Look at the moon. No one tills the soils. Is this an active soils or a dead soil? Well, you object, not I am being absurd. Well, a little, but that is missing from the rest of the universe is life. What living things do, very often, is interact with the soils. The more water and plants, the more micro and macroorganisms, and the more they interact with the soils and the more alive it becomes. We are one of the organisms that can interact with the soils and improve it.

“Natural State” of the soil. Really?

Most arguments I have seen orient around the “natural” state of the soil. But this argument has several insurmountable errors. First, it assumes human activities are not natural. What is the basis for this idea? If humans are natural beings, then everything we do is by definition, natural, I don’t think these writers think we are supernatural, which is the other option. Second, it assumes that whatever the natural state is it is superior to any altered state. I have to ask if these people use computers, drive in cars, use electricity, or any modern convenience. If so, they are regularly violating this principle and so this causes me to question their integrity, that is, how well they integrate their natural theory into their everyday lives.

People consistently applying their underlying assumptions, their worldview is a huge issue today. Most people don’t even know what a worldview is.

A well cared for organic garden where tilling is a regular part of maintaining the carbon in the soils shows first that there is much more carbon in that soil, and second, that worms, while they might be damaged by the tilling itself, thrive in these composted, tilled, and mulched gardens. Simple go back and review the Liberty Garden programs over the last 33 seasons on PBS. Tilling nutrients into the soils is a primary garden chore and produced more benefit than almost anything.

In dealing with nature we need to be careful that nature does not become god, or mother nature a goddess. Because something is natural does not mean it is good. Death, or more specifically, the lack of life is the most common natural thing in the universe.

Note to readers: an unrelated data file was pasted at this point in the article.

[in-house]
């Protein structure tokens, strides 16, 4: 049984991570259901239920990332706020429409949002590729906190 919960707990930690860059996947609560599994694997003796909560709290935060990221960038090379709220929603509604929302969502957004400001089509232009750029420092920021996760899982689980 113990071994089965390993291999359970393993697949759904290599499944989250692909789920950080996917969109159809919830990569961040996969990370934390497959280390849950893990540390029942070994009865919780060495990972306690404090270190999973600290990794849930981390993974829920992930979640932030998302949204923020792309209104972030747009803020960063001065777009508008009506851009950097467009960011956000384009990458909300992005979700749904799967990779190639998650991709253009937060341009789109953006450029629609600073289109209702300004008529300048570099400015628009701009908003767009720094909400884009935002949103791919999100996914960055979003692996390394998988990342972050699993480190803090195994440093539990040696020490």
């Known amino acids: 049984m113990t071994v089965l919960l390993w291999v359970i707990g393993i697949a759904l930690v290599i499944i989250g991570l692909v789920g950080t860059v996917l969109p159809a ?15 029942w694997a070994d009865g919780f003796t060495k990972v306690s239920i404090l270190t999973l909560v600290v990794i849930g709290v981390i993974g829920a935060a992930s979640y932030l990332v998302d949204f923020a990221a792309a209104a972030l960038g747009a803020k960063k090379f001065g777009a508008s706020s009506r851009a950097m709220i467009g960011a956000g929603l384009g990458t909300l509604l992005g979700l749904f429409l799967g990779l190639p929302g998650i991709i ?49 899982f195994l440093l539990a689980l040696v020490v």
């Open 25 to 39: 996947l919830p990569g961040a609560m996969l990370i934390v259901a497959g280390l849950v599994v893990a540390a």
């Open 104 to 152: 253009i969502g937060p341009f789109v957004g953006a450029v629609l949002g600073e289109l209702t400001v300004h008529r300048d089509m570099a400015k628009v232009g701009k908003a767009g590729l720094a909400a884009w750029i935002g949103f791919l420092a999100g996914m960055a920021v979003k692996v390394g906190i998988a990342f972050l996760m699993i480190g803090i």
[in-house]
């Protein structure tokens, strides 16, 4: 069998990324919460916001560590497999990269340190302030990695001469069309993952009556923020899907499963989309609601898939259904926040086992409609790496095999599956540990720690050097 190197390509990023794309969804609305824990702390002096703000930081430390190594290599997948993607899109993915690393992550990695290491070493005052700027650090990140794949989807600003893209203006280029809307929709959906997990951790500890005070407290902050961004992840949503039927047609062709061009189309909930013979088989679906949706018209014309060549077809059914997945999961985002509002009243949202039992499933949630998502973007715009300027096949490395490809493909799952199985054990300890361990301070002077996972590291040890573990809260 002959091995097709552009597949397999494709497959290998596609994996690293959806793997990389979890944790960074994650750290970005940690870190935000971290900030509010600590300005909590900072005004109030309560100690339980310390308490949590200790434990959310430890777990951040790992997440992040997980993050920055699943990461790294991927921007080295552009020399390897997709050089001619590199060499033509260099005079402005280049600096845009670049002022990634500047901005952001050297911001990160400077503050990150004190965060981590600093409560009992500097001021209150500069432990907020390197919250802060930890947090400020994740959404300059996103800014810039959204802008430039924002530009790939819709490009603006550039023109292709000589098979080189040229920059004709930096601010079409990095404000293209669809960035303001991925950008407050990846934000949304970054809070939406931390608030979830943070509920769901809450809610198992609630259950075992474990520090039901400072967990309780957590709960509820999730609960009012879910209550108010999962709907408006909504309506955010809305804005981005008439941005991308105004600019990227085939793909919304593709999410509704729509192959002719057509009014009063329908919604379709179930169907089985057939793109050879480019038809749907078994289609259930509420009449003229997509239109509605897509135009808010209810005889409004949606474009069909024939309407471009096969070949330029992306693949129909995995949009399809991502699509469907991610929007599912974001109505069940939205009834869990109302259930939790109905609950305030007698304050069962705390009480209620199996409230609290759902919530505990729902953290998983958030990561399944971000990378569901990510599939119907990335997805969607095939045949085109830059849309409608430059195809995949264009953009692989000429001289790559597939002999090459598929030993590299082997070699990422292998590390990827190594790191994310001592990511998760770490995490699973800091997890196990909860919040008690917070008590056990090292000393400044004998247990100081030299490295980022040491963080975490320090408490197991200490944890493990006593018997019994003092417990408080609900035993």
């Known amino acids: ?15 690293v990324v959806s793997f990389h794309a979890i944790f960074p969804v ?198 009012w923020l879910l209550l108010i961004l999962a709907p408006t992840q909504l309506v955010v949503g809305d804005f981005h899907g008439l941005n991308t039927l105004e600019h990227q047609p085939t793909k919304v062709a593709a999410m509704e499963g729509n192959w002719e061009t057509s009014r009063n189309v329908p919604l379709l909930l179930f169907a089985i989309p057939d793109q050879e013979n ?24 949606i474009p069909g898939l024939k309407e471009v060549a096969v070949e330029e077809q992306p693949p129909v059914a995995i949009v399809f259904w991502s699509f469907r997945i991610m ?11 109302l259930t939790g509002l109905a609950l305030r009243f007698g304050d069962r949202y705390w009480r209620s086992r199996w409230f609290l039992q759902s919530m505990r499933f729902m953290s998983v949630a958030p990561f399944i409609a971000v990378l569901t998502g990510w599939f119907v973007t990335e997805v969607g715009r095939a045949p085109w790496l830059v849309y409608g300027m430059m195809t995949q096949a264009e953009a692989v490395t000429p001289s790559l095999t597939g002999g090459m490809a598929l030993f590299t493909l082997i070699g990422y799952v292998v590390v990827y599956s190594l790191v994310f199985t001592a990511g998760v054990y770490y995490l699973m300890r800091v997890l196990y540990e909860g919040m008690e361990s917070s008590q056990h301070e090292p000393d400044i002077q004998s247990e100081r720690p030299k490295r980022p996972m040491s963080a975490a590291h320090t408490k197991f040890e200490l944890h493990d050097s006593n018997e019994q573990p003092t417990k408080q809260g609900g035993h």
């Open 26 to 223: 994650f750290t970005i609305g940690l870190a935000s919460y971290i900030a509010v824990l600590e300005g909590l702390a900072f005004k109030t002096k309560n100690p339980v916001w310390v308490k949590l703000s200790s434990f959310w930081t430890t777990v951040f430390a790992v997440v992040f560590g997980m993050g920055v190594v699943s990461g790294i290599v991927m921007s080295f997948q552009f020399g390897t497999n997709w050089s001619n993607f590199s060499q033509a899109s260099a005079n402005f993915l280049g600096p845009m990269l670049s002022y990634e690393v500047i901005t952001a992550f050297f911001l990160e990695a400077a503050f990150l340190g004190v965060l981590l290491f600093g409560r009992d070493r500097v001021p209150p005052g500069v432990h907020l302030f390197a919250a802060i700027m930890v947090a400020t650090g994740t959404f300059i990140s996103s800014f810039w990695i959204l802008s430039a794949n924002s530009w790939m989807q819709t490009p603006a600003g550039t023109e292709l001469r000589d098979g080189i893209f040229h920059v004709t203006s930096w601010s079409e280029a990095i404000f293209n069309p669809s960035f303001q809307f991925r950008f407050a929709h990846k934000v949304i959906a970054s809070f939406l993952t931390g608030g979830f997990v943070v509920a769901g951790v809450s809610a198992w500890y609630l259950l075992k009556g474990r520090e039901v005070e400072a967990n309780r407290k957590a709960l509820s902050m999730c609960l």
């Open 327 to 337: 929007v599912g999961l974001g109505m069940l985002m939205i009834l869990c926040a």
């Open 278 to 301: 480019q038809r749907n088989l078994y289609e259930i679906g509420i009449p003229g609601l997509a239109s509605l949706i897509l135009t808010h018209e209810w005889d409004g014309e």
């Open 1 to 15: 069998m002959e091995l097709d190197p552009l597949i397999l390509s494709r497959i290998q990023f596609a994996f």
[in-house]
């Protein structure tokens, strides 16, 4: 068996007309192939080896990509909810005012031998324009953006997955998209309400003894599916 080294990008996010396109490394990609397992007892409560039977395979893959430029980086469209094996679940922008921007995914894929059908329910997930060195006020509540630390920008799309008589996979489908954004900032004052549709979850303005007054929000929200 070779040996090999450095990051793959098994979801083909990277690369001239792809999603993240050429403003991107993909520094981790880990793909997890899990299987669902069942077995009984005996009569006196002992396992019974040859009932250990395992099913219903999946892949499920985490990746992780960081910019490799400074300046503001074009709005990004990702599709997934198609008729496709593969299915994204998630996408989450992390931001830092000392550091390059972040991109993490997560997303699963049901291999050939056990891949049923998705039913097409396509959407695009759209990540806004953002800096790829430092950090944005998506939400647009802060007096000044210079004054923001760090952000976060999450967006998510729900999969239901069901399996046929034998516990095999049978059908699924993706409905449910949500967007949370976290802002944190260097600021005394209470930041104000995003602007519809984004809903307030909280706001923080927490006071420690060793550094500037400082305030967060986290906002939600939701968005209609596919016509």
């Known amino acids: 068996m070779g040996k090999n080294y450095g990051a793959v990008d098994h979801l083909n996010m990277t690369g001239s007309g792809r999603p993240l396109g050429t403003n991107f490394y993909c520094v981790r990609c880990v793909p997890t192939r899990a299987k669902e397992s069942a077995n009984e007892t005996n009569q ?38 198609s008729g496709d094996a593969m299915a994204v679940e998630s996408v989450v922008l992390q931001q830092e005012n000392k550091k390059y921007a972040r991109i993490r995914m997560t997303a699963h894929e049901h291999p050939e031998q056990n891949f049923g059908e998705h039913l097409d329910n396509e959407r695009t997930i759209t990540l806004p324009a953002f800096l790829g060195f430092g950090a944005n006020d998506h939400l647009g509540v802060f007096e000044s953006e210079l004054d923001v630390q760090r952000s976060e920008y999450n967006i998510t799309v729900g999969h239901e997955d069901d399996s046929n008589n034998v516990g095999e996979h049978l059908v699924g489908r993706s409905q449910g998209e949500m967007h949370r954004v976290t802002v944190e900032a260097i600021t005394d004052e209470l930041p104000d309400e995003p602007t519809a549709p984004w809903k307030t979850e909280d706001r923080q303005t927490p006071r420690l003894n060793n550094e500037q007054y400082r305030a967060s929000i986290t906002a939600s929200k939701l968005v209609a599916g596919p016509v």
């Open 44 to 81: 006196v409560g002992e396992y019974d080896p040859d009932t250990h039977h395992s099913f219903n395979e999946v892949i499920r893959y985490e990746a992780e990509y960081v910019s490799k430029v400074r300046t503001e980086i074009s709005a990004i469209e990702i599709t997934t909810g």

Tilling the ground has been practiced by gardeners as long as they have gardened, and for good reason. To simply reject the practice because it is a new idea without adequate consideration of the data and facts, or, not to question it because it is claimed by a professing naturalist is not good thinking.

If you happen to live in an area with nearly idea rainfall, plenty of ground cover from plants and mulch, a very active worm population naturally exists there, then, by all means, you don’t need to till the soil. But please, let’s think about what we hear as opposed to accepting any argument because it makes a good story.

Bonus: Controlling ants. Have you ever seen a sandy ant?

How can you control ants without poison?

San Diego has great beaches and we use them a lot. At the beach, particularly lately, there has been a lot of kelp on the beach and this attracts flies from time to time. But never ants.

Ants don’t like sand.

Think of ants as little builders, architects, if you will, building away below the soil carving out a niche to live in.

Now think about how sand behaves in holes.

It fills them up.

Sand can be used effectively against and colonies or to prevent them from creating colonies in cracks, of in soils if there is enough sand.